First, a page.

Righting Domestic Wrongs with Refugee Policy

Critical Review of International Social and Political Philosophy:1-18 (forthcoming)
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Discriminatory attitudes towards Muslim refugees are common in liberal democracies, and Muslim citizens of these countries experience high rates of discrimination and social exclusion. Uniting these two facts is the well-known phenomenon of Islamophobia. But the implications of overlapping discrimination against citizens and non-citizens have not been given sustained attention in the ethics of immigration literature. In this paper, I argue that liberal societies have not only duties to discontinue refugee policies that discriminate against social groups like Muslims, but remedial duties to citizens who are in these social groups to adopt a more welcoming stance towards the groups that they are in. Further, I argue that a fitting way of adopting this more welcoming stance is to give refugees in these groups preferential treatment in asylum and resettlement.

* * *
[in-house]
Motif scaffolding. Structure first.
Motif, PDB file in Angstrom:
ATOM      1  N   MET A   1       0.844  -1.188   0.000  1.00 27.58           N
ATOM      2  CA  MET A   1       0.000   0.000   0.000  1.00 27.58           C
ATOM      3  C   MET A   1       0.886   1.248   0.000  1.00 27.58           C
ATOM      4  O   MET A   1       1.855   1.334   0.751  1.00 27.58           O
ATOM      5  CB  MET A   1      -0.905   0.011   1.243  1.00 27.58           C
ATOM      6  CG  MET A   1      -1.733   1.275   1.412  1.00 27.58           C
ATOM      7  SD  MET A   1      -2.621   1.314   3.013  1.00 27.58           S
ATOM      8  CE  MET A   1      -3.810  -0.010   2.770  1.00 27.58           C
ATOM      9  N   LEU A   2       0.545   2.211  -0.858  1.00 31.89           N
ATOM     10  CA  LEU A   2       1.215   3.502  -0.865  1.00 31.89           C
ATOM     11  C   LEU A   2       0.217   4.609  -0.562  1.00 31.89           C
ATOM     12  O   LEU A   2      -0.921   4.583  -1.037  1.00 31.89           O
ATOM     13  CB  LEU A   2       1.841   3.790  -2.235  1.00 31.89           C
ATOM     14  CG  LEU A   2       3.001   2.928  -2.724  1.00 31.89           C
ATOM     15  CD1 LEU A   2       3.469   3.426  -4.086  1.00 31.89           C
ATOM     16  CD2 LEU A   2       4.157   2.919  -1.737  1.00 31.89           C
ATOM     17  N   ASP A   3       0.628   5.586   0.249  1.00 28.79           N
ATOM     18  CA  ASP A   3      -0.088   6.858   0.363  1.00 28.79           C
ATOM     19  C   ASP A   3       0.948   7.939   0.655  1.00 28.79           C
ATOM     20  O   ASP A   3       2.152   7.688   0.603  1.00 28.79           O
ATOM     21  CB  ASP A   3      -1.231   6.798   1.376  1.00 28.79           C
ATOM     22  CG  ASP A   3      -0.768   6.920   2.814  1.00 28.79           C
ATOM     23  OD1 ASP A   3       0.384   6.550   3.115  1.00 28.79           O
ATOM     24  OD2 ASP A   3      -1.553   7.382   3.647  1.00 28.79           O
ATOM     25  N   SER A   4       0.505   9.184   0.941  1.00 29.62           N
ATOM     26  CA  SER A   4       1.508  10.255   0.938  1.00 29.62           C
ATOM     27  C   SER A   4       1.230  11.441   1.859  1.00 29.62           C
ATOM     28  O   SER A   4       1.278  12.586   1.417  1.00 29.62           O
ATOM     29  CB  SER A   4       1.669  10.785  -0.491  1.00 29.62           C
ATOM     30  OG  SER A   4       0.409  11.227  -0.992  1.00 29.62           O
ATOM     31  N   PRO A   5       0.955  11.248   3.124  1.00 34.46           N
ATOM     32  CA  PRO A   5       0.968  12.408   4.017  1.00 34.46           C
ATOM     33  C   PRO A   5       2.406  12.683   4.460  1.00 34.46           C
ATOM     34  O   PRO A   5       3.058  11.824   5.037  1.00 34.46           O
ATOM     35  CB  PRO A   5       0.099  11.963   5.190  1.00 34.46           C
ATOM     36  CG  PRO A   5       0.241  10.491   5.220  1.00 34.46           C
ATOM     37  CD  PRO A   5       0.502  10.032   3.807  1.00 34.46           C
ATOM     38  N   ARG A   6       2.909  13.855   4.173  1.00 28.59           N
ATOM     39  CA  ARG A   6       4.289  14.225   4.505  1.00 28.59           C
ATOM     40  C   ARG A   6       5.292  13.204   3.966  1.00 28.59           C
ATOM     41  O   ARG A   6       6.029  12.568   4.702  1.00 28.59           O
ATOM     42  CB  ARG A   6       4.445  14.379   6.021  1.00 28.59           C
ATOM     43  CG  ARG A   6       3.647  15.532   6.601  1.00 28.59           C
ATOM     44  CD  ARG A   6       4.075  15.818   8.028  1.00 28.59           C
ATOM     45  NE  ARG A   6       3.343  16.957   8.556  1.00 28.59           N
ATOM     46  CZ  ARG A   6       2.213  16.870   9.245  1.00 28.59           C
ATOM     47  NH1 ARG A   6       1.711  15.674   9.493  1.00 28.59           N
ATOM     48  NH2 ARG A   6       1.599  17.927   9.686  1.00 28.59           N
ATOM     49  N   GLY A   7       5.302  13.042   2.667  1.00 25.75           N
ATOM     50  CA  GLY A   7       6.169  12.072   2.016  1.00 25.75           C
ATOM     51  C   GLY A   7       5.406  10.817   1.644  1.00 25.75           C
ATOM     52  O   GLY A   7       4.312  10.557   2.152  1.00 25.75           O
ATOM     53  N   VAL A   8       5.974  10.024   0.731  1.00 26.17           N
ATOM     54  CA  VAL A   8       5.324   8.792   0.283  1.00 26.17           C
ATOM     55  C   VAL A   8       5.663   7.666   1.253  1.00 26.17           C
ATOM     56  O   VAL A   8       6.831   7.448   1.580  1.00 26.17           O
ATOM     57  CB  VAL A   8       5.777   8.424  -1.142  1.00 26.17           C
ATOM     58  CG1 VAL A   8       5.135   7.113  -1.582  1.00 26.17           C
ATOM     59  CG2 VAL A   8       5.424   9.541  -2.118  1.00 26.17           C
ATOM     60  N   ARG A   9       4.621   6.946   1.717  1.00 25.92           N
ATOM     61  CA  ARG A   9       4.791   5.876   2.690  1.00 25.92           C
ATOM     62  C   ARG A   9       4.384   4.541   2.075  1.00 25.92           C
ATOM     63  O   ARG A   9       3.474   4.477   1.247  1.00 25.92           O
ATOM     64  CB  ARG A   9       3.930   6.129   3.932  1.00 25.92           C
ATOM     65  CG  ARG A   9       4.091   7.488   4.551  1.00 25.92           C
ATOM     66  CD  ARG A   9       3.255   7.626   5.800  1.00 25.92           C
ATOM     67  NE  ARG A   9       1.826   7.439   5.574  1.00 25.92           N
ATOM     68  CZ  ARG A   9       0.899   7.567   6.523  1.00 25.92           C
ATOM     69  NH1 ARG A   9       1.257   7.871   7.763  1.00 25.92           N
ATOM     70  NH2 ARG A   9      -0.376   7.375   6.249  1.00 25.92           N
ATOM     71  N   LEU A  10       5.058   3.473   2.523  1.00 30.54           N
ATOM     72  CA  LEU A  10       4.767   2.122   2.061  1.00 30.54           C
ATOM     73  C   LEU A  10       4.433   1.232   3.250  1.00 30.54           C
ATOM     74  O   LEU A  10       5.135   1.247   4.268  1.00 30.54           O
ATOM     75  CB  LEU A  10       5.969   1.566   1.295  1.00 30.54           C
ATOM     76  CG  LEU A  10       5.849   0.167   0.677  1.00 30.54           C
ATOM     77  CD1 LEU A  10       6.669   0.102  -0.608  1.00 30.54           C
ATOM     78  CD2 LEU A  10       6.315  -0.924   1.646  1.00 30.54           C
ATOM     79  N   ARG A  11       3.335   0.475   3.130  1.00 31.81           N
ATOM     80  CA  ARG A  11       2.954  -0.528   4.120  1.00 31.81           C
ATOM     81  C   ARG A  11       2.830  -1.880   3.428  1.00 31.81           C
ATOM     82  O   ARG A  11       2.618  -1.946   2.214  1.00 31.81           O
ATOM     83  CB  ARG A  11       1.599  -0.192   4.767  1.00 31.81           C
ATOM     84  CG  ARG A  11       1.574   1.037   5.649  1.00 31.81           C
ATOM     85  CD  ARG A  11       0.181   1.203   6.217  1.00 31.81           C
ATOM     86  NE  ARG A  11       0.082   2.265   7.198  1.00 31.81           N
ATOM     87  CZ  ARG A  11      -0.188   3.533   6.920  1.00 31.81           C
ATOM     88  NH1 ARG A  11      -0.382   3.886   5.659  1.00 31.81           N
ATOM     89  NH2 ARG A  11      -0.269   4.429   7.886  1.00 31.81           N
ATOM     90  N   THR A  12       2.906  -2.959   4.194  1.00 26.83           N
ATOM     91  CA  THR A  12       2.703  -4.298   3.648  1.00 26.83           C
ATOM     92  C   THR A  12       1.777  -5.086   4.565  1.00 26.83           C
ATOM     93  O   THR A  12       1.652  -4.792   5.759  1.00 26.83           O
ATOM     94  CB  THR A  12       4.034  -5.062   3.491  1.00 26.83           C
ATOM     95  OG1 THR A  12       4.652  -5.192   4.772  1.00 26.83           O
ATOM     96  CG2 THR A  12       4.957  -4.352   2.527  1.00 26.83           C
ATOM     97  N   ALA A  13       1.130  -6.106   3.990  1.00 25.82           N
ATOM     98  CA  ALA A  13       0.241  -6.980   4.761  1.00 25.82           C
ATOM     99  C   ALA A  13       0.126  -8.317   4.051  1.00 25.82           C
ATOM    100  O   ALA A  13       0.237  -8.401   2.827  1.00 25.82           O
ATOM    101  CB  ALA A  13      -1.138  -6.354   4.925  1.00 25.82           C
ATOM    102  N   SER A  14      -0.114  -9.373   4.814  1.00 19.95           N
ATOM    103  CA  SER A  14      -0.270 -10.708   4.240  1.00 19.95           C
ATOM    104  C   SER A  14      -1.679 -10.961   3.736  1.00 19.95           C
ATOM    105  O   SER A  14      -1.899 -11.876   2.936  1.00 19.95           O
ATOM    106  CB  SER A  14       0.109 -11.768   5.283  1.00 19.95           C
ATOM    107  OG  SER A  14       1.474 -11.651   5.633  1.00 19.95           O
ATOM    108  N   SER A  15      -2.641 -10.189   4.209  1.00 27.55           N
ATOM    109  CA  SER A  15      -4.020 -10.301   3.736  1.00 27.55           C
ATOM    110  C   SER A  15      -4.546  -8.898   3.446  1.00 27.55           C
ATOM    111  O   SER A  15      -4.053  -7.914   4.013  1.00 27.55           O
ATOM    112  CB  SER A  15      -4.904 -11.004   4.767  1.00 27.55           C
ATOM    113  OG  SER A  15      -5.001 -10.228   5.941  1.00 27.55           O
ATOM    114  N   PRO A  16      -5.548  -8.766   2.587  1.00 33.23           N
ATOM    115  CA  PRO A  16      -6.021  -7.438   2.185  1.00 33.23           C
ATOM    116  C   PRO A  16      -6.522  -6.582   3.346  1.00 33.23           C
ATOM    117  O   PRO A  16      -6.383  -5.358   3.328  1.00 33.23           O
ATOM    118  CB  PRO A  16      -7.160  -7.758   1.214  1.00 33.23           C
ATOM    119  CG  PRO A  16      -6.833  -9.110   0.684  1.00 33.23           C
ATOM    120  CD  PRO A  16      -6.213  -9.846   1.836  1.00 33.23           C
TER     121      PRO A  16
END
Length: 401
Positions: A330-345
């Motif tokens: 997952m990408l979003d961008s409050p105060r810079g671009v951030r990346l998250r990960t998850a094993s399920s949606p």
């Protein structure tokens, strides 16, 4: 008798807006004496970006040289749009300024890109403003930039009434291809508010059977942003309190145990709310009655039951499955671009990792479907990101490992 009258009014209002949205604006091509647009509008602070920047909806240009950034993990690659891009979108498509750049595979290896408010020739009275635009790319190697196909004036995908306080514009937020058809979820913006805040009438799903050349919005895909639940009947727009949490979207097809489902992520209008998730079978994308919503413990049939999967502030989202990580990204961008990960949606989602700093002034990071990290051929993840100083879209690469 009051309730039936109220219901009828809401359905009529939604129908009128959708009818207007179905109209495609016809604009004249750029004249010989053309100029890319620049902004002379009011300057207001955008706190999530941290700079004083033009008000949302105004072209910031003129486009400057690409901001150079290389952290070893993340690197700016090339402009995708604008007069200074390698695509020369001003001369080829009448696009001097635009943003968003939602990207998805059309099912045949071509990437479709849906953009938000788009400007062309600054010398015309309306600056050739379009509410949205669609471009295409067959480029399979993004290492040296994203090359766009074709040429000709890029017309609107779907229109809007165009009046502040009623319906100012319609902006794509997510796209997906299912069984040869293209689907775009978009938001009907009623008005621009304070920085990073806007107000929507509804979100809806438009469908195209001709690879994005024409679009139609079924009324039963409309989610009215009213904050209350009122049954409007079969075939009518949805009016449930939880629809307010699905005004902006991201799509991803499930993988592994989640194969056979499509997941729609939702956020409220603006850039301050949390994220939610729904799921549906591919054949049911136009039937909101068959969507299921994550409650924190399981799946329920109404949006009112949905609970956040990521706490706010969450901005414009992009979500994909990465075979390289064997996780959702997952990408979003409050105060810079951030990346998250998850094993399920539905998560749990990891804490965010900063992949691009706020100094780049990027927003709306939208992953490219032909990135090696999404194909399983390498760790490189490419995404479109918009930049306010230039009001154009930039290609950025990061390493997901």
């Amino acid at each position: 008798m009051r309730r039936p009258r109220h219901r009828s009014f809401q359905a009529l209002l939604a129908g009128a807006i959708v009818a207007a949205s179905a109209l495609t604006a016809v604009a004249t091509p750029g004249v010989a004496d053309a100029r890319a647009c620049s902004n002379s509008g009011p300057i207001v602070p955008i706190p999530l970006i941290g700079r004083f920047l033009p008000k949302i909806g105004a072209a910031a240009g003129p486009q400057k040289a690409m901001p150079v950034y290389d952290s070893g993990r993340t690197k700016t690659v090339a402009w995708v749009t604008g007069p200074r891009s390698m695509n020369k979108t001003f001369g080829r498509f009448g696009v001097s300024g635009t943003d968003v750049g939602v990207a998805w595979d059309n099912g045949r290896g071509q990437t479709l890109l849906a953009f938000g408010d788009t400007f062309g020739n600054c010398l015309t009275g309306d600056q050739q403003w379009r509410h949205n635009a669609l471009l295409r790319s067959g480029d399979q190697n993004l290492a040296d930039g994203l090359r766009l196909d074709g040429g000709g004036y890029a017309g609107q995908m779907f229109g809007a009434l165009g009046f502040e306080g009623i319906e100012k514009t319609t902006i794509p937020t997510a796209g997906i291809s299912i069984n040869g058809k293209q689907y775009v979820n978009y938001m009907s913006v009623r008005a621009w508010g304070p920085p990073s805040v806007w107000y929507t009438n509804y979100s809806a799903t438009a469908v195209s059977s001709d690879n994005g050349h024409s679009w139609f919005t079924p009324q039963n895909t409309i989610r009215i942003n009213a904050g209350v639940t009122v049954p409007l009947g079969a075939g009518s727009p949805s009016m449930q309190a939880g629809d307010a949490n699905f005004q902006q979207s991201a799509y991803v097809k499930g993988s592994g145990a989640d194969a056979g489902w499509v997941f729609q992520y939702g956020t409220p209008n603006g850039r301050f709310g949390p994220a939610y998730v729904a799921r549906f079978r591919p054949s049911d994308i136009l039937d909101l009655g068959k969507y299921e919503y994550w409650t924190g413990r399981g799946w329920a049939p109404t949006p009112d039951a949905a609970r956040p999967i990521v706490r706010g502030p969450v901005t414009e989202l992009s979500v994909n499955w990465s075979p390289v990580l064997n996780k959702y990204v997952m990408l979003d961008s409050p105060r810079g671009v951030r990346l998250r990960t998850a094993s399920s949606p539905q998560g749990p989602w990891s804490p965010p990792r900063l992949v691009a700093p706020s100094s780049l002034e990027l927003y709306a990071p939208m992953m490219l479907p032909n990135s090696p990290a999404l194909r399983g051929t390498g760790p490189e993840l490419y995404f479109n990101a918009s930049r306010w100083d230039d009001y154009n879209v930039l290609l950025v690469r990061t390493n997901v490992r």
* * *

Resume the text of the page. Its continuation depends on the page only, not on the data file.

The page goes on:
Author's Profile

Matthew Lindauer
Brooklyn College (CUNY)


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